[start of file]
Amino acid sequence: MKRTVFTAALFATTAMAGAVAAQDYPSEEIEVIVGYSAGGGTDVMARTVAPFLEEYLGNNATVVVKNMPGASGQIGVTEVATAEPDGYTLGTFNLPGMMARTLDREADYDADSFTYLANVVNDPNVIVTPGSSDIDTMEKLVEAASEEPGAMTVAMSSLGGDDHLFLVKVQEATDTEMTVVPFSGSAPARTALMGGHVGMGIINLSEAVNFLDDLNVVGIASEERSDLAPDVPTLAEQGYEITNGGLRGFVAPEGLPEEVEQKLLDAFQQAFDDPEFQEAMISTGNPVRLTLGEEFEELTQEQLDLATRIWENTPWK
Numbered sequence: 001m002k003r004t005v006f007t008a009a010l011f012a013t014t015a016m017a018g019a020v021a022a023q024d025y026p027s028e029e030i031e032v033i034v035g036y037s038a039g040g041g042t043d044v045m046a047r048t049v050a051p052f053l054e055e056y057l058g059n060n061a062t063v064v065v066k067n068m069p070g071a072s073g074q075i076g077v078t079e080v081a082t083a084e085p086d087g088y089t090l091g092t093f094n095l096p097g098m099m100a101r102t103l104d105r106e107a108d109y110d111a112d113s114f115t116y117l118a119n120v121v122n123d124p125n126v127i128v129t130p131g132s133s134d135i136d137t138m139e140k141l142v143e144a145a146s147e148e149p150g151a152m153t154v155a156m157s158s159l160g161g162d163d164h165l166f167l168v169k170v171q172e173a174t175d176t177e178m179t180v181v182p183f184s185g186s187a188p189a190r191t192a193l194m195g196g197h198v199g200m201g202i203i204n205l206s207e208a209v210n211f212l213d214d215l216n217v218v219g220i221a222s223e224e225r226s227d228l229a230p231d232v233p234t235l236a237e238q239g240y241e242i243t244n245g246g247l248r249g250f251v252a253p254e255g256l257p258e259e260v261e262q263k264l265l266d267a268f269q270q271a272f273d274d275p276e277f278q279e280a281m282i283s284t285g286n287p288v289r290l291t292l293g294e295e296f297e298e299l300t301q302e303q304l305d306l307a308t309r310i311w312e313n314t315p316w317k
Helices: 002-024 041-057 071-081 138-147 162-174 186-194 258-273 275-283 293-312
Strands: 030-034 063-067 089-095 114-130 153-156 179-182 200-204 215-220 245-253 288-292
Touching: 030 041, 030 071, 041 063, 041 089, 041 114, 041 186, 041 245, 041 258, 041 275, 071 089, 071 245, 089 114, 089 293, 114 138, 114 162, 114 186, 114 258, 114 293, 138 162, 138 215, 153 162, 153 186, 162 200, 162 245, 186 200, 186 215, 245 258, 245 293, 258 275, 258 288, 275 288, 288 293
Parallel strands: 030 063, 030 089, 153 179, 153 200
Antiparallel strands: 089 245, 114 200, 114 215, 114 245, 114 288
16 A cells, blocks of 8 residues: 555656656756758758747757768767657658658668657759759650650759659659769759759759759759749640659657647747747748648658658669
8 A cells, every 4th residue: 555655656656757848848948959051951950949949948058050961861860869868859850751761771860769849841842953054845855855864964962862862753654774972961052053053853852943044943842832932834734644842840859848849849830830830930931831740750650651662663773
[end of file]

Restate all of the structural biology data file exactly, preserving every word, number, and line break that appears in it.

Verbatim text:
Amino acid sequence: MKRTVFTAALFATTAMAGAVAAQDYPSEEIEVIVGYSAGGGTDVMARTVAPFLEEYLGNNATVVVKNMPGASGQIGVTEVATAEPDGYTLGTFNLPGMMARTLDREADYDADSFTYLANVVNDPNVIVTPGSSDIDTMEKLVEAASEEPGAMTVAMSSLGGDDHLFLVKVQEATDTEMTVVPFSGSAPARTALMGGHVGMGIINLSEAVNFLDDLNVVGIASEERSDLAPDVPTLAEQGYEITNGGLRGFVAPEGLPEEVEQKLLDAFQQAFDDPEFQEAMISTGNPVRLTLGEEFEELTQEQLDLATRIWENTPWK
Numbered sequence: 001m002k003r004t005v006f007t008a009a010l011f012a013t014t015a016m017a018g019a020v021a022a023q024d025y026p027s028e029e030i031e032v033i034v035g036y037s038a039g040g041g042t043d044v045m046a047r048t049v050a051p052f053l054e055e056y057l058g059n060n061a062t063v064v065v066k067n068m069p070g071a072s073g074q075i076g077v078t079e080v081a082t083a084e085p086d087g088y089t090l091g092t093f094n095l096p097g098m099m100a101r102t103l104d105r106e107a108d109y110d111a112d113s114f115t116y117l118a119n120v121v122n123d124p125n126v127i128v129t130p131g132s133s134d135i136d137t138m139e140k141l142v143e144a145a146s147e148e149p150g151a152m153t154v155a156m157s158s159l160g161g162d163d164h165l166f167l168v169k170v171q172e173a174t175d176t177e178m179t180v181v182p183f184s185g186s187a188p189a190r191t192a193l194m195g196g197h198v199g200m201g202i203i204n205l206s207e208a209v210n211f212l213d214d215l216n217v218v219g220i221a222s223e224e225r226s227d228l229a230p231d232v233p234t235l236a237e238q239g240y241e242i243t244n245g246g247l248r249g250f251v252a253p254e255g256l257p258e259e260v261e262q263k264l265l266d267a268f269q270q271a272f273d274d275p276e277f278q279e280a281m282i283s284t285g286n287p288v289r290l291t292l293g294e295e296f297e298e299l300t301q302e303q304l305d306l307a308t309r310i311w312e313n314t315p316w317k
Helices: 002-024 041-057 071-081 138-147 162-174 186-194 258-273 275-283 293-312
Strands: 030-034 063-067 089-095 114-130 153-156 179-182 200-204 215-220 245-253 288-292
Touching: 030 041, 030 071, 041 063, 041 089, 041 114, 041 186, 041 245, 041 258, 041 275, 071 089, 071 245, 089 114, 089 293, 114 138, 114 162, 114 186, 114 258, 114 293, 138 162, 138 215, 153 162, 153 186, 162 200, 162 245, 186 200, 186 215, 245 258, 245 293, 258 275, 258 288, 275 288, 288 293
Parallel strands: 030 063, 030 089, 153 179, 153 200
Antiparallel strands: 089 245, 114 200, 114 215, 114 245, 114 288
16 A cells, blocks of 8 residues: 555656656756758758747757768767657658658668657759759650650759659659769759759759759759749640659657647747747748648658658669
8 A cells, every 4th residue: 555655656656757848848948959051951950949949948058050961861860869868859850751761771860769849841842953054845855855864964962862862753654774972961052053053853852943044943842832932834734644842840859848849849830830830930931831740750650651662663773